Royal HaskoningDHV was a key participant at the event along with a distinguished list of speakers, sharing insights into the state of the industry to explore how impact assessment can go the distance to influence decisions, strengthen collaboration and streamline processes.
We sat down with Paul Eijssen, Strategic Consultant at Royal HaskoningDHV, and his team to share insights and explore some of the key trends that they took away from the event.
Are we moving in the right direction with IA where the integration of science and technology is concerned?
In recent years we’ve witnessed significant progress in digital technologies in many areas of our personal and professional lives. Coupled with increasing global environmental, social and health challenges, these developments call for reflections on the contribution of impact assessment and the use of its corresponding tools to anticipate and prepare us for such challenges. Our focus during the event was to explore and delve into how the impact assessment community is leveraging science and technology to influence decision making and facilitate collaboration, so that we can tackle environmental issues and enhance community resilience.
What were some of the team’s first impressions at the event? Are there any key insights that were gleaned from the event?
The virtual conference was a great opportunity to showcase many of the emerging digital technologies and opportunities in impact assessment.
While it was clear there is growing enthusiasm for the use of digital tools, we should not forget that these tools are essentially enablers that help us improve the stakeholder engagement process. Communication is key to strengthening collaboration and enabling resilient communities of the future.
What role does Royal HaskoningDHV play in the future of IA?
Since 2016, Royal HaskoningDHV has been an early pioneer in the development of digital IA. We must not rest on our laurels because there are still many challenges in the IA sector that we can be addressed with digital solutions. We must work together to accelerate and create seamless implementation that connects the stakeholder community by using digital tools such as the iReport. By creating transparent processes, it will enable us to better monitor and report on mitigation measures, ensuring benefits for local communities.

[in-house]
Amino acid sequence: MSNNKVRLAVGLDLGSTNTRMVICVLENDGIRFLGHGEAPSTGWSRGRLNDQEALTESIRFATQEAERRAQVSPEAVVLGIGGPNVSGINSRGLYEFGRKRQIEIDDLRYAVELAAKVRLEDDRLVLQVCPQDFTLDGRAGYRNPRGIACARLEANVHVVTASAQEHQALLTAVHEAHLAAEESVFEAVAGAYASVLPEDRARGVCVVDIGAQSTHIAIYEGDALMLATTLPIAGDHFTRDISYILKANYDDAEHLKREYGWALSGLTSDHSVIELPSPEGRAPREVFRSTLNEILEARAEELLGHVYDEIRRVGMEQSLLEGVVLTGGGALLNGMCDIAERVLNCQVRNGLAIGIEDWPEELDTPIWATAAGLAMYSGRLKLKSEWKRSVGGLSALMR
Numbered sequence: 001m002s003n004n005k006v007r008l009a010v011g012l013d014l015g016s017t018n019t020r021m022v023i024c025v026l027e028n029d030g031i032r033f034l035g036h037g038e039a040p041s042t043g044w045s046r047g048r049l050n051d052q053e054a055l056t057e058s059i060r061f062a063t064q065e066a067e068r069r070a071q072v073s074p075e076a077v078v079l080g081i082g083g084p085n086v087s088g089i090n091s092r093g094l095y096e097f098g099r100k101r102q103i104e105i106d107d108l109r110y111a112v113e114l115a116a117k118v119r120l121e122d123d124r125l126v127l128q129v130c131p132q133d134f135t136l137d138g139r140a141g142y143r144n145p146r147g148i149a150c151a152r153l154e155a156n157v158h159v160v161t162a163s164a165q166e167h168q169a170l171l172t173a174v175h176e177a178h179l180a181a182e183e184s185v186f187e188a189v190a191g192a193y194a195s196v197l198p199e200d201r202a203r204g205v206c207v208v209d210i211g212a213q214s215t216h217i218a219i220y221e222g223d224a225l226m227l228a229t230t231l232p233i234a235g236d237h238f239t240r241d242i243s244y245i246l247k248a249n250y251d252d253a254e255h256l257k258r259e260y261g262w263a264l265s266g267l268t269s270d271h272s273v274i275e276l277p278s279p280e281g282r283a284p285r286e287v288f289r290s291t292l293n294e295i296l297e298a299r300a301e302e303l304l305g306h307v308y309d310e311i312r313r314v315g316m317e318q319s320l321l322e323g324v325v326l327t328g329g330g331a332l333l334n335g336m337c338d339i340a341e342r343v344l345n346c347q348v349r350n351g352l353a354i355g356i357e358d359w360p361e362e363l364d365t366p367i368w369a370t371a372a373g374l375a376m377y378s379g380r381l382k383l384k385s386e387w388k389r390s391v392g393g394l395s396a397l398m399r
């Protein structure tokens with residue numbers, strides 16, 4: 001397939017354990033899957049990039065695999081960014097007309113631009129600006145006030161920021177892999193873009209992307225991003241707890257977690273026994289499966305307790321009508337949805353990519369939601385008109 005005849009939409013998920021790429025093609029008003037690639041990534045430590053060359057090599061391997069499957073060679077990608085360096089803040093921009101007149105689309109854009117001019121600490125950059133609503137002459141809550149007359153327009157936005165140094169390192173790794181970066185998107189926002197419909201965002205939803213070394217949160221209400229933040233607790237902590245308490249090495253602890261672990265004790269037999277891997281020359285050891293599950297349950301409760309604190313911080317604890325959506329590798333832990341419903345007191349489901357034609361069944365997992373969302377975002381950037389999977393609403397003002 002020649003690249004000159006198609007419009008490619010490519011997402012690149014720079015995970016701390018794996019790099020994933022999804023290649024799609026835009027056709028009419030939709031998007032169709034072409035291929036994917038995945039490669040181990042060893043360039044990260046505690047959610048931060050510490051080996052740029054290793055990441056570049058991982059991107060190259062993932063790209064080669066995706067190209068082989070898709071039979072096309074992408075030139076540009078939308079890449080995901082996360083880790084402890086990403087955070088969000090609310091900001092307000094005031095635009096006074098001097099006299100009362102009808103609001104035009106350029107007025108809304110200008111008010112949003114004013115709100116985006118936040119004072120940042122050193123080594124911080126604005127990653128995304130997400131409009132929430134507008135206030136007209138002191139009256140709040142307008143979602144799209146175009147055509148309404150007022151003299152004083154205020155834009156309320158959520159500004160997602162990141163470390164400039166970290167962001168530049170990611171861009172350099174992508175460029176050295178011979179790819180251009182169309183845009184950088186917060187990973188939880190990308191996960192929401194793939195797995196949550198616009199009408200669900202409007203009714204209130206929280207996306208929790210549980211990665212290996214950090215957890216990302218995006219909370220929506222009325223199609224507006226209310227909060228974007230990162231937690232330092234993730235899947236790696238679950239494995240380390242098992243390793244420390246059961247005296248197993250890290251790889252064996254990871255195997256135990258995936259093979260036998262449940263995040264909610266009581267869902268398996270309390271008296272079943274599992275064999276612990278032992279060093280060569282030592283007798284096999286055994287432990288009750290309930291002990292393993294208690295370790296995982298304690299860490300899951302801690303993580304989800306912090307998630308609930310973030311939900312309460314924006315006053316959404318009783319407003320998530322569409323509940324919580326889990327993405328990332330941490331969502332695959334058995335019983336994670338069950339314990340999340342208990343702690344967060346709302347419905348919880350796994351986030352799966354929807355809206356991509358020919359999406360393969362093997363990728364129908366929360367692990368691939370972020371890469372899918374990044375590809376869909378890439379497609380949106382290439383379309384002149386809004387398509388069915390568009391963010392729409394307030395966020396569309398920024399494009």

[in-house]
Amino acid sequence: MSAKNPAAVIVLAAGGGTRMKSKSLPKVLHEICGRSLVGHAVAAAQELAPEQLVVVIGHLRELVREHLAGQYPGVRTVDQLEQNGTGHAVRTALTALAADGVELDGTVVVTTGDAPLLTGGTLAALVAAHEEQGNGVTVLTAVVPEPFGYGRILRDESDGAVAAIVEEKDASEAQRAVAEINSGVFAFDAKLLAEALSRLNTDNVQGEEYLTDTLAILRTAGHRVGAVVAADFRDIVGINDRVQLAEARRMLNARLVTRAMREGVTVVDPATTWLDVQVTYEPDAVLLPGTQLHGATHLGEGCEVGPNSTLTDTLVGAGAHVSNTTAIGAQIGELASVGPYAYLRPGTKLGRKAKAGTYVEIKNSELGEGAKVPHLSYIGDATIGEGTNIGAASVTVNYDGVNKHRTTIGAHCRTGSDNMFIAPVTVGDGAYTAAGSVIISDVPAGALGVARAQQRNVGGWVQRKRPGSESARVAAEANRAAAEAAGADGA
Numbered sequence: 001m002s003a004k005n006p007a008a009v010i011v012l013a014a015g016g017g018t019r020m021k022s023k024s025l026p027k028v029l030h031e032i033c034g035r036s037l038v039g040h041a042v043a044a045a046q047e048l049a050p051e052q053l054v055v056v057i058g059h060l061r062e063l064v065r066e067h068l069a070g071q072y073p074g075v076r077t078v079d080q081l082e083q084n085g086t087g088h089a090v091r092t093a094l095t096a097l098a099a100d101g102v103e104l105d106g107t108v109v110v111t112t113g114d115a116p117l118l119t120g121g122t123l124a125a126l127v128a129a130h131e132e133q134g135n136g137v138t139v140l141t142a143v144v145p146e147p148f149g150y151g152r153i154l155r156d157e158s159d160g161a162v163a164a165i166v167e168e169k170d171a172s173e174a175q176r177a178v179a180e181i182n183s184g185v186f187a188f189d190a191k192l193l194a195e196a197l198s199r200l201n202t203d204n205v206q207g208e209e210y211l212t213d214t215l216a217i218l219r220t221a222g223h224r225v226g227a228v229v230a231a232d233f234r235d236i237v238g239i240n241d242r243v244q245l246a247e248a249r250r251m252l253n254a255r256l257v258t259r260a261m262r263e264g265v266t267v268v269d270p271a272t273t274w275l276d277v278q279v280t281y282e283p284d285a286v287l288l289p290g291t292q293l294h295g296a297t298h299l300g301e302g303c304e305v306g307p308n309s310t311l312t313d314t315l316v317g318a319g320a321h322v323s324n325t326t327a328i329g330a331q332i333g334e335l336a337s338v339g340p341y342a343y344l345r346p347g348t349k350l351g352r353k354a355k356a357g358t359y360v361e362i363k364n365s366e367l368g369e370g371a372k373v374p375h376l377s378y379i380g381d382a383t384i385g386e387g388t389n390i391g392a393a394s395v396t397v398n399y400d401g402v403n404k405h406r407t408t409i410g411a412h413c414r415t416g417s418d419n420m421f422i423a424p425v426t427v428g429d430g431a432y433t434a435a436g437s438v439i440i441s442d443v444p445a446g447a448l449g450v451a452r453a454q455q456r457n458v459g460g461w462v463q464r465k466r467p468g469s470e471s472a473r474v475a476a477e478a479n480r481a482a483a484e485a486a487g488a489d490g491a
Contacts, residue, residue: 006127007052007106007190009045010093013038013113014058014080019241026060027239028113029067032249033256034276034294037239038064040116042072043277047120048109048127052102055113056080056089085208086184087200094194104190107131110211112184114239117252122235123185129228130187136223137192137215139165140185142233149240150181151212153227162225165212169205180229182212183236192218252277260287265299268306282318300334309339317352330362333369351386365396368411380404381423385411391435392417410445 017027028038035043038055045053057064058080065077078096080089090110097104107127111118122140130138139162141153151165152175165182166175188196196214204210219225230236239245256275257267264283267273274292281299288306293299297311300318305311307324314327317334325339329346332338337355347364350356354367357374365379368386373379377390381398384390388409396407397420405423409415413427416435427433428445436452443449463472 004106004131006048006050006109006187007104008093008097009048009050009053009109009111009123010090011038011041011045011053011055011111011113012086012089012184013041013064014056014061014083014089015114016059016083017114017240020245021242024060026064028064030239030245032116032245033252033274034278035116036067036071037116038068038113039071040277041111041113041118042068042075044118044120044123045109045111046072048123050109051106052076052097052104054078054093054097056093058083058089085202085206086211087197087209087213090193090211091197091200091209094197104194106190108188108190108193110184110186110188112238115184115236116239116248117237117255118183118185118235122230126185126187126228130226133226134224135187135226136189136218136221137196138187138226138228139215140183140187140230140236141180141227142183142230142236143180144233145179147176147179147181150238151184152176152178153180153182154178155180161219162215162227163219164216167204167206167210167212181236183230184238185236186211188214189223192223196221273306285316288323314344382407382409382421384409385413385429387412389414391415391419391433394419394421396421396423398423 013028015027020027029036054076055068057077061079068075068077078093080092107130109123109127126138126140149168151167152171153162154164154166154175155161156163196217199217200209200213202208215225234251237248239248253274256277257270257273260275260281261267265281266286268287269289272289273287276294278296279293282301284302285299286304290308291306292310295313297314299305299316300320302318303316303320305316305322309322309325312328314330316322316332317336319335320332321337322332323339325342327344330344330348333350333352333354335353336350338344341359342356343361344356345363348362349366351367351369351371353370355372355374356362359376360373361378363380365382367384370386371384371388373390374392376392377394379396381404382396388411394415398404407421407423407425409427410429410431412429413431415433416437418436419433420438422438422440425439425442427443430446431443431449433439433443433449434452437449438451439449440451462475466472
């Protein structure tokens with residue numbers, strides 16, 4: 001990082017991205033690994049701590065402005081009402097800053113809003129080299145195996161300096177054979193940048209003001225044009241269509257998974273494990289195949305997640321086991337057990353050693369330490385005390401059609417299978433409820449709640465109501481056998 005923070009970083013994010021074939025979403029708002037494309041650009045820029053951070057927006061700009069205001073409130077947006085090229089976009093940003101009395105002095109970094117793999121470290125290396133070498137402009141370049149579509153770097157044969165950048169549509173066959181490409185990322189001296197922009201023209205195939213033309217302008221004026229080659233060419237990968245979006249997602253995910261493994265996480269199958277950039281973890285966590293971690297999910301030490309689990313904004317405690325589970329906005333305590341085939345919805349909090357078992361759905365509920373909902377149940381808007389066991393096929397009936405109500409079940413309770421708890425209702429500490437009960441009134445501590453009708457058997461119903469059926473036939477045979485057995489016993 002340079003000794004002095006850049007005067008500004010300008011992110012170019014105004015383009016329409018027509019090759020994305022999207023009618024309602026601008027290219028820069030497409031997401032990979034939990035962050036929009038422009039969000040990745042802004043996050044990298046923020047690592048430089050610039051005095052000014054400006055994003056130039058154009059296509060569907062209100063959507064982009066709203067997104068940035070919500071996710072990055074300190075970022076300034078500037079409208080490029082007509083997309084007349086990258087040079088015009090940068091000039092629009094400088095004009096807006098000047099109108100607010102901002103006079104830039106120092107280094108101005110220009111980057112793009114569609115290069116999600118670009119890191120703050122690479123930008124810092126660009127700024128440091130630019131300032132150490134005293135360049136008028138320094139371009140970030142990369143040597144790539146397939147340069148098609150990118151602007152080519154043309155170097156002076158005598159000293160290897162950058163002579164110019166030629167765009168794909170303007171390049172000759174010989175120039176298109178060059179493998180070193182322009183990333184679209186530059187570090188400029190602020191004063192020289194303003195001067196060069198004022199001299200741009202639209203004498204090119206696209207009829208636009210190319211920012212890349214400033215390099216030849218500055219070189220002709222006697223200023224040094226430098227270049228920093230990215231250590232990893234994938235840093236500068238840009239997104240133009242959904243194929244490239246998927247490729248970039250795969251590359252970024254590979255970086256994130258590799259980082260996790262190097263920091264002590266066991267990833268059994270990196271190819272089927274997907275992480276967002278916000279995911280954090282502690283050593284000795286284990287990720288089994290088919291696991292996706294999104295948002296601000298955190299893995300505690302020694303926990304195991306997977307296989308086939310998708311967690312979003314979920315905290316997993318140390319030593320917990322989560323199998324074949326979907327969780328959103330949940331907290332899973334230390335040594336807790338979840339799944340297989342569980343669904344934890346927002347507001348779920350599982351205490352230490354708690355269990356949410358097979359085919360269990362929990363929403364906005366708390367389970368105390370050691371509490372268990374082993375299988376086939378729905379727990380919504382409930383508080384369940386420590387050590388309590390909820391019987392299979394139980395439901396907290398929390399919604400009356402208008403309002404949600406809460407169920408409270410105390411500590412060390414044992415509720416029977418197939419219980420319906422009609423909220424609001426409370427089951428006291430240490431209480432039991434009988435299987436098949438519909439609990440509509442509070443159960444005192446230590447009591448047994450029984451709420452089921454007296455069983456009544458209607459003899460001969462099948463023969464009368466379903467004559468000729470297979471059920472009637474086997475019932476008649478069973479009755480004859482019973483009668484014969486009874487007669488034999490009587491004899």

And finally, are there any challenges within IA?
We recognized that there are limitations to what digital tools can do. Remote engagement, for example, has inherent challenges since people like to sit next to one another sharing stories and inspiring each other. This need for interaction and engagement shouldn't be underestimated as a challenge, not only in terms of coordinating a conference but also in performing an impact assessment. It’s clear then that current digital technologies struggle to completely fulfill the desire for face to face and personal contact.
Some of the highlights include:
Digitalisation and technological development is just one of the priorities within the IA industry. Our delegates were also thrilled to see some of the highlights which are listed below:
- Considering the many environmental and social challenges we’re facing, broad consensus that practitioners and impact assessment tools should be more focused on making a positive and sustainable difference in decision making rather than merely completing a formal procedure;
- A need for a better integration of assessing and mitigating environmental and social impacts. Despite being largely connected, these impacts are assessed separately, by either environmental or social specialists from various areas of expertise – while the real world is not subject to such divisions. In order to move society forward in a more positive way, a holistic approach to considering impacts is needed;
- A growing recognition of the need for Strategic Environmental Assessment and Cumulative Impact Assessment; especially regarding the planning of renewable energy projects (e.g. a hydropower plant in a river basin). The recurring question throughout the conference was doing the right things versus doing things right and that Strategic Environmental Assessment is the tool to determine at an early stage what is right; and
- Recognition that having reliable information when making decisions is an ever-increasing point of attention. The NCEA has started a discussion about the importance of independent and unbiased information. We believe that this is an important subject for all actors in the field and IAIA can also play a vital role.
In short, there is plenty to be excited about as we are still charting new frontiers in IA.